Exercise is a foundational part of a healthy lifestyle. A regular routine of physical activity has many benefits, including the prevention of heart attacks and strokes. How does exercise prevent heart disease?
Raises good cholesterol (HDL)
HDL levels are an important indicator of health. This cholesterol acts as a sort of “street sweeper” in your bloodstream, removing fatty plaque from the arterial walls. When this level is too low, blockage can occur, which can lead to strokes and heart attacks. Higher HDL levels keep this from occurring. A Japanese study found that exercising at least 3-4 times per week for at least 20 minutes (but ideally 40) increases your HDL. They also determined that the length of your exercise session is more important than intensity for raising HDL.
Reduces bad cholesterol (LDL)
LDL decreases as the body becomes more efficient at moving it from the bloodstream to the liver where it’s able to be excreted from the body or turned into bile to help digestion. The more efficient your body becomes at excreting LDL, the less it causes problems in the arteries around the heart. Exercise stimulates the enzymes needed to make this process happen, so ultimately plays a significant role in the prevention of heart disease.
Helps maintain a healthy weight
Contrary to common belief, exercise is not effective at helping people lose weight in and of itself. Weight loss is a byproduct of the combination of better eating habits and regular physical activity. Exercise is very impactful to cardiovascular health, however, and it also increases the number of calories your body burns each day. As your metabolism improves, your body stops storing excess fat around crucial organs, including the heart, which is another way exercise prevents heart disease.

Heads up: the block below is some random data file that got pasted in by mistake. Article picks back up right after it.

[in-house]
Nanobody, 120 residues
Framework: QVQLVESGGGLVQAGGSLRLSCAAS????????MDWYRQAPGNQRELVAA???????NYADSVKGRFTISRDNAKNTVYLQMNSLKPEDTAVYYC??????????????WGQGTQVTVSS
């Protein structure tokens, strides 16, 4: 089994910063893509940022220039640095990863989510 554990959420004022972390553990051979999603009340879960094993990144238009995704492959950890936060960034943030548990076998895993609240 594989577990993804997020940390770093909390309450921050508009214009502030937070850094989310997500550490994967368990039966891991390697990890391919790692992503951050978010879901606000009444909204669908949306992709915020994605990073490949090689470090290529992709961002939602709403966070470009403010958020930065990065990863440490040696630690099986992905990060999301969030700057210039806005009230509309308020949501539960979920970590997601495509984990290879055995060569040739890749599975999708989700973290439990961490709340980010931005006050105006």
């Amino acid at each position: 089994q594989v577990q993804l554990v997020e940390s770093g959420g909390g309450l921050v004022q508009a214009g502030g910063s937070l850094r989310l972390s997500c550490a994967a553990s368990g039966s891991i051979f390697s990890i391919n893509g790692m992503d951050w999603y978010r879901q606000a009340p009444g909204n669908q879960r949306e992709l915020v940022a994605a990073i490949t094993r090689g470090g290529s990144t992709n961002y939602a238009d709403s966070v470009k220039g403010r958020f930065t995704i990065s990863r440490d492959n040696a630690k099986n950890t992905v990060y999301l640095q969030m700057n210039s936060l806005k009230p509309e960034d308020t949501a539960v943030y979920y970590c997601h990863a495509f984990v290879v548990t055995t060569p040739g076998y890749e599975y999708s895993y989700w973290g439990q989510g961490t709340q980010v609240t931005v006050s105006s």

Lowers blood pressure
Regular exercise builds a stronger heart. Like the other muscles in your body, the more you challenge it the stronger it gets. By increasing the intensity of your exercise and elevating your heart rate, your heart becomes more efficient at distributing blood and oxygen to the rest of your body. Lower blood pressure is the result of the heart pumping more blood with less effort. Exercise prevents heart disease by improving the heart’s efficiency and reducing it’s workload.
Controls blood sugar levels
Exercise is fueled by glucose. When you exercise, your body burns the extra sugar in your body more efficiently and more quickly. As a result, elevated blood sugar levels are kept at bay as your body burns glucose instead of storing it. It also makes the insulin in your body work better. Some research suggests that high intensity interval training (HIIT) is best at controlling blood sugar levels and is the optimal exercise to prevent heart disease. But any exercise is better than no exercise as long as your heart rate is elevated during your workout.
Exercise prevents heart disease by raising good cholesterol, lowering bad cholesterol, helping with weight maintenance, lowering blood pressure, and controlling blood sugar levels. Elevations in any of these areas can increase your risk of metabolic syndrome and potentially heart disease along with it. Regular exercise is a preventative measure with positive outcomes on cardiovascular health.